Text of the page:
This is taken from the Roll Call Newspaper - April 11, 1994

On the bottom of the full page it it says that the ad is a paid message from the Church of Scientology International from a grant from the International Association of Scientologists. It's purpose is to focus attention on the alarming resurgence of violence in Germany.




This June marks the 50th anniversary of the Allied landing at Normandy, and event with will be celebrated in France and one which representatives from many European counties plan to attend. Not surprisingly, officials from Germany will not be present.

For Europe, D-Day marked the beginning of the Third Reich and the first step in the liberation from the yoke of fascism. Less then a year after Normandy's beaches were crossed, Berlin fell.

But there was more to the fall of Germany than mere defeat. As allied armies closed in, the discovered another horror - concentration camps where tens of millions had been exterminated. Those who walked out alive told of the Holocaust they had endured and a horrified world vowed, "Never again."

Fifty years later, Germany is reunited. But though it has tried to overcome the legacy of its own dark past, the new Germany in many ways signals a reawakening of the Germany of the 1930's and 40s.

Neo-Nazi extremism is again on the rise. Members of minority religions and ethnic groups have been targets of beatings, burnings and even murder. Media coverage of these events has left the impression that these acts of violence and hatred are being committed only by a fringe groups of shaven-headed, neo-Nazi youth.

But this is not the case.

Germany's leading novelist and essayist, Gunter Grass, pointed out that skinheads on the streets are not the real problem.

"The most dangerous thing is we have skins in the government," Mr. Grass was quoted as saying in The International Herald Tribune. "They are nicely dressed with beautiful hair, educated. They speak well. But they think the same way as the young kids who shave their heads and carry swastikas and demonstrate. They encourage these ideas and these brutal actions."

Today we are seeing what the world was witnessing in the 1930s: a multi-pronged onslaught against anyone who doesn't fit into a "German" mold.

Among those targeted have been members of the Church of Scientology. They are being ostracized purely because of their religious beliefs. German Scientologists are barred from membership in political parties. In Hamburg, laws exist which prohibit Scientologists from renting public halls or buying city property. Rocks and bottles have been hurled through Church windows and individual Scientologists have been threatened, beaten and harassed.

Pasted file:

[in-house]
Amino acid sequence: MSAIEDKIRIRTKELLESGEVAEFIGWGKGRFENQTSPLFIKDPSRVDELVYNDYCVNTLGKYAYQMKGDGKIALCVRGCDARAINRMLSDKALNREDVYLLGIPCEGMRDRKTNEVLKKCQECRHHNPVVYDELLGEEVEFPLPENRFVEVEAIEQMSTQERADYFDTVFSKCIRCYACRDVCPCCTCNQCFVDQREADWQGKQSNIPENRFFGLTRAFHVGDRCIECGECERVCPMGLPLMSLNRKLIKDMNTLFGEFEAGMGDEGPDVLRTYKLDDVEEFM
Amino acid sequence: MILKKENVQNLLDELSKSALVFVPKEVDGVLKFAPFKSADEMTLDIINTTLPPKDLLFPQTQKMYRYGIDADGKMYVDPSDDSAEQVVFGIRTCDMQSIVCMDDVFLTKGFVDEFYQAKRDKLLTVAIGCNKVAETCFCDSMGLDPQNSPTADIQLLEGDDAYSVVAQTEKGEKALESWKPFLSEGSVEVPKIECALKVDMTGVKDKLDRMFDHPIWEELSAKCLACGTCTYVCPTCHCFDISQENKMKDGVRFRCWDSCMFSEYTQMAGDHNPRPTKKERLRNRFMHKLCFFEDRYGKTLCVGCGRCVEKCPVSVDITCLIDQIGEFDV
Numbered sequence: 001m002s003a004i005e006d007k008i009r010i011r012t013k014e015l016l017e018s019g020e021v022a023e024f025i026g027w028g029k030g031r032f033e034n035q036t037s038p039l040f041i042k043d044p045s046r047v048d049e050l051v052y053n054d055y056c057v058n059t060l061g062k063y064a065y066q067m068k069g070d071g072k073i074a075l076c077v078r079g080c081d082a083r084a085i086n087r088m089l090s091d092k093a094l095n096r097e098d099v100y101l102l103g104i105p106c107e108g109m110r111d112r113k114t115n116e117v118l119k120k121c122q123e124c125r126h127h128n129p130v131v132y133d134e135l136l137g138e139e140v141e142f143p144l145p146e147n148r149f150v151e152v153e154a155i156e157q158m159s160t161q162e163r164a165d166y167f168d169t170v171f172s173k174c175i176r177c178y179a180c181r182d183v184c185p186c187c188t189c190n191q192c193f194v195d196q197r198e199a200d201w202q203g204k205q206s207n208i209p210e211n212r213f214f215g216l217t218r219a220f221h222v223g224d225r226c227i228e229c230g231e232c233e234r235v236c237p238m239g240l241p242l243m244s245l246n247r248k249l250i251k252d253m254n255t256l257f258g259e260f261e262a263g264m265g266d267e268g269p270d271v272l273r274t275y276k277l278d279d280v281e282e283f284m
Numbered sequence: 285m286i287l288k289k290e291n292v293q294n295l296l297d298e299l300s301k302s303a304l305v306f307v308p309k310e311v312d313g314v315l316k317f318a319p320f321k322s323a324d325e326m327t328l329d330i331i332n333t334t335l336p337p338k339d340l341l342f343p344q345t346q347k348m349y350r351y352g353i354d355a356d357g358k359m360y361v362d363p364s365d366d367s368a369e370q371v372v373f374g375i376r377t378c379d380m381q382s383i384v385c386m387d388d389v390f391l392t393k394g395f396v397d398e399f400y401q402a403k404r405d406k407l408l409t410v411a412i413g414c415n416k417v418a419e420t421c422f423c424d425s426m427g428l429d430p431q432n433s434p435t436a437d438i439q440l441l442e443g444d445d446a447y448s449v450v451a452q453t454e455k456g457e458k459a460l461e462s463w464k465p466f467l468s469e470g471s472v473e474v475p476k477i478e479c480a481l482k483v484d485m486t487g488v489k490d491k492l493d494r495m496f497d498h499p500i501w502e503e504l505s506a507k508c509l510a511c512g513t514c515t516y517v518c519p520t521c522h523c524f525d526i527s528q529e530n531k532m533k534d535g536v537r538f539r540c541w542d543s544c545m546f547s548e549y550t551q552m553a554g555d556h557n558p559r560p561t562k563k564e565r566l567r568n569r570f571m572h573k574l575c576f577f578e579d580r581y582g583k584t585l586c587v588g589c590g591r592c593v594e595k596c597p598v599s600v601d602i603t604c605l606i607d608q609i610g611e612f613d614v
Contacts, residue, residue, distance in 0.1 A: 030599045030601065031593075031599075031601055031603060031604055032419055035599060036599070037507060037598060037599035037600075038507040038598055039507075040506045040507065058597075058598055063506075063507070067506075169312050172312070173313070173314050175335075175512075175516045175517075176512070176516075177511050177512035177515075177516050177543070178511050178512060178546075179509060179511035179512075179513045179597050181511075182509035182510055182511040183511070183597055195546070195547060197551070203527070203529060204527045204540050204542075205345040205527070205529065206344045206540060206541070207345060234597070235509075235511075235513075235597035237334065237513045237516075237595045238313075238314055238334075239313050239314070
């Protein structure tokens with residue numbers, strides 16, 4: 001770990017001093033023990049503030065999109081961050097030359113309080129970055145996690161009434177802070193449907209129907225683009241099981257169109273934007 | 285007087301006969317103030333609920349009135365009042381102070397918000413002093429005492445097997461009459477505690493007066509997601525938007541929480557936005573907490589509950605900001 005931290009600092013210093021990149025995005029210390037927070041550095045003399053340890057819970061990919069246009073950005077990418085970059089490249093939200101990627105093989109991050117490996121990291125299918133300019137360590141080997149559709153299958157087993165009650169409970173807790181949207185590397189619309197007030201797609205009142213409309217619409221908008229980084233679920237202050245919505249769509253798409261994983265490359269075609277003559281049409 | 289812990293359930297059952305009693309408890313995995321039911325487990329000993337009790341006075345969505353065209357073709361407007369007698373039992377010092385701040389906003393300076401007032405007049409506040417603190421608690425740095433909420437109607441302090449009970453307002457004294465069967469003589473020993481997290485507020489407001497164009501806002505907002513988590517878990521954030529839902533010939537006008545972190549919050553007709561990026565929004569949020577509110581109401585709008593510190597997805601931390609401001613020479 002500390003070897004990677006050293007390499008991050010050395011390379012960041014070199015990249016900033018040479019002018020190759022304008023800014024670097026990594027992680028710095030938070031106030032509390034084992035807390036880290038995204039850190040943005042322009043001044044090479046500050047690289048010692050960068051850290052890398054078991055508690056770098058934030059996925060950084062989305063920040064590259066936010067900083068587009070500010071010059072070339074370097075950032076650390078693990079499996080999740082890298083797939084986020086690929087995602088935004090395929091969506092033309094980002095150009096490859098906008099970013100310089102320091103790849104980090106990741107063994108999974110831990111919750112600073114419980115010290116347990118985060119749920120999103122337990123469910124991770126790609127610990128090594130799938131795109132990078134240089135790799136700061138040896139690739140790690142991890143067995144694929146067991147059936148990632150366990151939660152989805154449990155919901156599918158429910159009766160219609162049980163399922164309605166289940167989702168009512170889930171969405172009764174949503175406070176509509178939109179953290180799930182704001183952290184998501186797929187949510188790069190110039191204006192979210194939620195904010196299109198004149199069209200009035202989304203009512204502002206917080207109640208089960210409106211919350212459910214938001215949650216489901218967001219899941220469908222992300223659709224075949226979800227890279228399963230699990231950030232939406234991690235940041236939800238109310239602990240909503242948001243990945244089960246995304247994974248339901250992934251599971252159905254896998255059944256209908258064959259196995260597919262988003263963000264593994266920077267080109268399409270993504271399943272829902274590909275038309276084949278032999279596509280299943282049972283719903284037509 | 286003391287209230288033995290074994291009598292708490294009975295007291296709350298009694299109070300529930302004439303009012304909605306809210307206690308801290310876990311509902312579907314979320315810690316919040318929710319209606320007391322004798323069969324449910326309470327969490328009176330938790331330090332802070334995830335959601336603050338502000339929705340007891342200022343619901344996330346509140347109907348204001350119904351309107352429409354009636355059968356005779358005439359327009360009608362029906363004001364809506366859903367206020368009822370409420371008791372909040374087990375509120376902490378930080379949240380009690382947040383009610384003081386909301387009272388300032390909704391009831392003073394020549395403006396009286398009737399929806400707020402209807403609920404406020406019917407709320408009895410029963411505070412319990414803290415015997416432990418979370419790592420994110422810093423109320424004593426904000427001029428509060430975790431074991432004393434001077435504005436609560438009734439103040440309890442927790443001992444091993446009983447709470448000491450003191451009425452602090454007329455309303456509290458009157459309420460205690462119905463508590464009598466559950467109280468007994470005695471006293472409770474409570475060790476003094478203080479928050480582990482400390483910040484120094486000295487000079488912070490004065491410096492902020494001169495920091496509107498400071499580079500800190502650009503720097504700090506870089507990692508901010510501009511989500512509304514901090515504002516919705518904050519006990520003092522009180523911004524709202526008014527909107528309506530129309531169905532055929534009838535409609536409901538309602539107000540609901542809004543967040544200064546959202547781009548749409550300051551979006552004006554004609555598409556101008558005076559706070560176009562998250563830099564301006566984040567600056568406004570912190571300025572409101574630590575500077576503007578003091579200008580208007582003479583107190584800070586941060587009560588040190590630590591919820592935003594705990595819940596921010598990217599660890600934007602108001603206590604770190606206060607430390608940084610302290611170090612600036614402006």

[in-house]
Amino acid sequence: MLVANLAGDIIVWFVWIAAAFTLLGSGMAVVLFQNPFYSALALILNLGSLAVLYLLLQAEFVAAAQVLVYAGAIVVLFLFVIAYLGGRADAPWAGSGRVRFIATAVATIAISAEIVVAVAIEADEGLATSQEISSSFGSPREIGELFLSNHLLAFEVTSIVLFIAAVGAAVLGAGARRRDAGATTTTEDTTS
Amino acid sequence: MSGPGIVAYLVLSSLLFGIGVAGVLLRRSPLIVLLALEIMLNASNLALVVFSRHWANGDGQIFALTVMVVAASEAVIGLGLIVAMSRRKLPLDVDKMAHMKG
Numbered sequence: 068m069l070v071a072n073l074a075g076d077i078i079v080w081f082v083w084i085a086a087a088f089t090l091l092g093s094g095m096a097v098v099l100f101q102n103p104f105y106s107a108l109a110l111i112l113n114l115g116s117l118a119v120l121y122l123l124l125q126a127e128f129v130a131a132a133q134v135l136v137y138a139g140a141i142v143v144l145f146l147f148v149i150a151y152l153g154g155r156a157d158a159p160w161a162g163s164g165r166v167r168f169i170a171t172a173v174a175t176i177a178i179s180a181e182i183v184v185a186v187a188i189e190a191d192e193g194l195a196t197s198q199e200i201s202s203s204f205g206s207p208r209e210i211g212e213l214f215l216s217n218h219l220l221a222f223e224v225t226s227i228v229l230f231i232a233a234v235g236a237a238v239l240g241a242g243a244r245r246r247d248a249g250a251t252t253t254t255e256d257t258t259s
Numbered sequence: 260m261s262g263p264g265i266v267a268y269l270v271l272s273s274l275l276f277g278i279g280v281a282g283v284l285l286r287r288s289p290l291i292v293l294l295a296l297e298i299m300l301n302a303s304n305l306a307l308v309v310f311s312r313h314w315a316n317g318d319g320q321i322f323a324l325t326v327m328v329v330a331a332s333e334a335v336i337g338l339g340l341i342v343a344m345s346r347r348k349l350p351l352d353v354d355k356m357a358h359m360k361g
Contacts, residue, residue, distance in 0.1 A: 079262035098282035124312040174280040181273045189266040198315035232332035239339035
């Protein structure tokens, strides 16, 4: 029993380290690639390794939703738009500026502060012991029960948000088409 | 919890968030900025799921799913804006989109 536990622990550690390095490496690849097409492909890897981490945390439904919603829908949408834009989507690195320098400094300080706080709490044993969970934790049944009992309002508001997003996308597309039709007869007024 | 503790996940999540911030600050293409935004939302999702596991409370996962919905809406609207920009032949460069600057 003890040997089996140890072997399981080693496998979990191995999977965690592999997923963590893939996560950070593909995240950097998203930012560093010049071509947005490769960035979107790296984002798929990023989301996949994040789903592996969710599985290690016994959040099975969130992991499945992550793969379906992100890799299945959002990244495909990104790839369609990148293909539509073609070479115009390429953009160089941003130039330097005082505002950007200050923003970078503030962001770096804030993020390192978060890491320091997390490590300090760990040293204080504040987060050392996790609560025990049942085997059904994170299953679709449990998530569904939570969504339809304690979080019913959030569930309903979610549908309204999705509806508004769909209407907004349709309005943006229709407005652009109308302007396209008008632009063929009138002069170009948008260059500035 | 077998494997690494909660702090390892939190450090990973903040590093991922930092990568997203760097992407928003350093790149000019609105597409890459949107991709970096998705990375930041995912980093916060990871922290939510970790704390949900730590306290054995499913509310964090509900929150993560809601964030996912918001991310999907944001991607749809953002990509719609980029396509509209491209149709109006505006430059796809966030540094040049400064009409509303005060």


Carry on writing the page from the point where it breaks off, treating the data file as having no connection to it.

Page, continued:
German Scientologists have complained to Chancellor Kohl about these and similar incidents of hatred and discrimination, pointing out that the perpetrators include many in government positions. they have exhorted him to uphold the protections afforded all religions by the German Constitution.

But to no avail.

There is urgency for someone to act, for it is not just Scientologists who are at risk, but members of any "non-German" minority who can be trampled under neo-Nazi boots.

What happened during the Holocaust was one of history's most terrible tragedies. It must NEVER be repeated. Yet hate and propaganda directed against minority religions and others in the new Germany - and the unwillingness of government officials to stop discrimination gives rise to concern and demands action.

Years ago, Germany generated a negative impression of the Jews through a Nazi hate campaign designed to created a false and distrustful attitude. That insidious process has begun anew today, with the Church of Scientology and other minorities as targets. If that hate campaign has engendered ill will toward Scientology, its propaganda - which is being exposed in these advertisements - is the source of such sediments.

The purpose of this and future ads in Roll Call is to present information on the subject of hate and propaganda in Germany - yesterday and today - to prevent history from repeating itself.

As you read this and future advertisments, do not just stand by but take action yourself.

Write to President Bill Clinton. Urge him to take strong and effective steps to stop hatred and discrimination against religion and ethnic minorities in Germany:

President Bill Clinton
The White House
1600 Pennsylvania Ave.
Washington, D.C. 20500 USA

Send copies of your letters to:

Commission of Security and Cooperation in Europe
234 Ford House Office
Building Washington, D.C. 20515 USA

U.S. Representative Tom Lantos
Co-Chairman - Congressional Human Rights Caucus
2183 Rayburn House Office Building
Washington, D.C. 20515 USA

Dr. Helmut Kohl
Federal Chancellor
Adenauerallee 141
5300 Bonn 1
Federal Republic of Germany


"Hate and Propaganda" - A full and frightening comparative between 1930's Nazi religious persecution and hatred and intolerence in modern-day Germany.

For your free copy write to:

Church of Scientology International
6331 Hollywood Blvd., Suite 1200
Los Angeles, CA 90028-6329
or call (202)543-6404